EpiPen® auto injectors are automatic injection devices containing adrenaline
for allergic emergencies.


Anyone at risk of an anaphylactic reaction should carry an adrenaline auto-injector with them at all times1, as an immediate injection of adrenaline could be the difference between life and death.

NICE guidelines recommend that all patients admitted with a confirmed or suspected anaphylactic reaction should be prescribed an adrenaline auto-injector while awaiting specialist referral.2

European guidelines provide the following absolute and relative indications for prescribing adrenaline auto-injectors in children.3

Absolute indications

  • Previous cardiovascular or respiratory reaction to a food, insect sting or latex.
  • Child with food allergy and co-existent asthma.
  • Exercise induced anaphylaxis.
  • Idiopathic anaphylaxis.

Relative indications

  • Any reactions to small amounts of a food (e.g. airborne food allergen or contact only via skin).
  • History of only a previous mild reaction to peanut or tree nut.
  • Remoteness of home from medical facilities.
  • Allergic reaction to food as a teenager.

People who have been prescribed an adrenaline auto-injector because
of the risk of anaphylaxis should carry two with them at all times for emergency, on-the-spot use.4

35% of patients may require more than one adrenaline dose.5 
As many as 20% of patients will go on to develop a biphasic anaphylactic response many hours later.6


Anaphylaxis is unpredictable, and while a person may have a mild reaction one time, a serious or even life-threatening reaction can occur the next time. In addition, allergic reactions can begin with mild symptoms and then progress to a full anaphylactic episode.

A person who is having an allergic reaction should use their EpiPen® immediately if they experience ANY of the following serious symptoms of anaphylaxis following contact with their allergen:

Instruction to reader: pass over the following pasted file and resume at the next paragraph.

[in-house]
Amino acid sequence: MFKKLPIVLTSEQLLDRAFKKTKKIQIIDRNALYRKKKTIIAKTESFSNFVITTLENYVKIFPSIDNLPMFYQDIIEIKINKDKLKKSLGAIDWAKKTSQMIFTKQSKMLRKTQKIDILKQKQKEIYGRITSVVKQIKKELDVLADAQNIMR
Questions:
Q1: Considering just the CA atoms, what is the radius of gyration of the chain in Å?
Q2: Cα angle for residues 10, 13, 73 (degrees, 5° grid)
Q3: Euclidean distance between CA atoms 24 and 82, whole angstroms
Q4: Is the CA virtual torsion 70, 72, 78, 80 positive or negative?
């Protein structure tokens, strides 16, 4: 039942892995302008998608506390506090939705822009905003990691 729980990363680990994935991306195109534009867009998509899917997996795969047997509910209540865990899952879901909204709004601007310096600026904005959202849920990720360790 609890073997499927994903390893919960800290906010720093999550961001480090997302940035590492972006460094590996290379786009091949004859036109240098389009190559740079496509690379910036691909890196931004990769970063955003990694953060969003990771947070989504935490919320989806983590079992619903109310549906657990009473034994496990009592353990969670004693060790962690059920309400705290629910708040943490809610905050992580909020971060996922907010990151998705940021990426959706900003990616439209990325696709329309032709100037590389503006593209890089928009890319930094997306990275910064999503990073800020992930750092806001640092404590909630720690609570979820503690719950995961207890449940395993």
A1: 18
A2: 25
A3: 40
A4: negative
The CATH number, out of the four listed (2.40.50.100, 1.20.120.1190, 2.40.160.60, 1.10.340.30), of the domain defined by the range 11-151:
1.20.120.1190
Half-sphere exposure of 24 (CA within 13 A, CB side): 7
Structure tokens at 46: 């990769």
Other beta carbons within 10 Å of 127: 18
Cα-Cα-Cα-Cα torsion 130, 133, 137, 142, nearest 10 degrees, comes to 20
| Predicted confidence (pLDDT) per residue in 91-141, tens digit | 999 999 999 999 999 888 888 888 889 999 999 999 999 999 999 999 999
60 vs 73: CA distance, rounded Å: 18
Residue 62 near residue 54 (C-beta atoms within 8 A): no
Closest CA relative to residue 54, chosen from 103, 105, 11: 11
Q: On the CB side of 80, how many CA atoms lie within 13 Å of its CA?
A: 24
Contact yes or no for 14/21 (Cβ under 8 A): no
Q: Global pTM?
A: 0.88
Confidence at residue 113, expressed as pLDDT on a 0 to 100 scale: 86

• difficulty/noisy breating
  • swelling of the tongue
  • swelling/tightness in throat
  • difficulty talking and/or hoarse voice
  • wheeze or persistant cough
  • loss of consciousness and/or collapse
  • pale and floppy (young children)

Patients experiencing the following mild to moderate symptoms of anaphylaxis should take an anti-histamine and have their EpiPen® ready in case of worsening symptoms:

  • red raised itchy rash
  • swelling of face/lips/eyelids
  • being sick
  • stomach ache

It is important to note that not all patients will have all reactions, and an individual may experience a different set of symptoms during different episodes, even if the same trigger is involved.

There is clear evidence that failing to administer adrenaline as soon as anaphylaxis is suspected has contributed to fatal outcomes.7 Delayed injection of adrenaline can also increase the likelihood of a biphasic reaction.9

It is recommended that at risk patients carry 2 EpiPen® at all times. A second dose can be given after about 5 minutes if necessary.4


It is important to familiarise yourself with how to use the EpiPen® so that you can show your patients. Various studies have shown that many patients (or parents of patients) do not use their pen properly, or in some cases at all, because they have not had sufficient training.10, 12,

The procedure is shown below:
Lie down with your legs slightly elevated or sit up if breathing is difficult.

It is important to impress on patients the need to call 999 immediately, as EpiPen® is not a curative treatment for anaphylaxis, but allows patients time to get to hospital where they can receive appropriate medical care.

Patients should stay lying down or seated and have someone stay with them until they have been assessed by a paramedic.14

Unconscious patients should be placed in the recovery position.14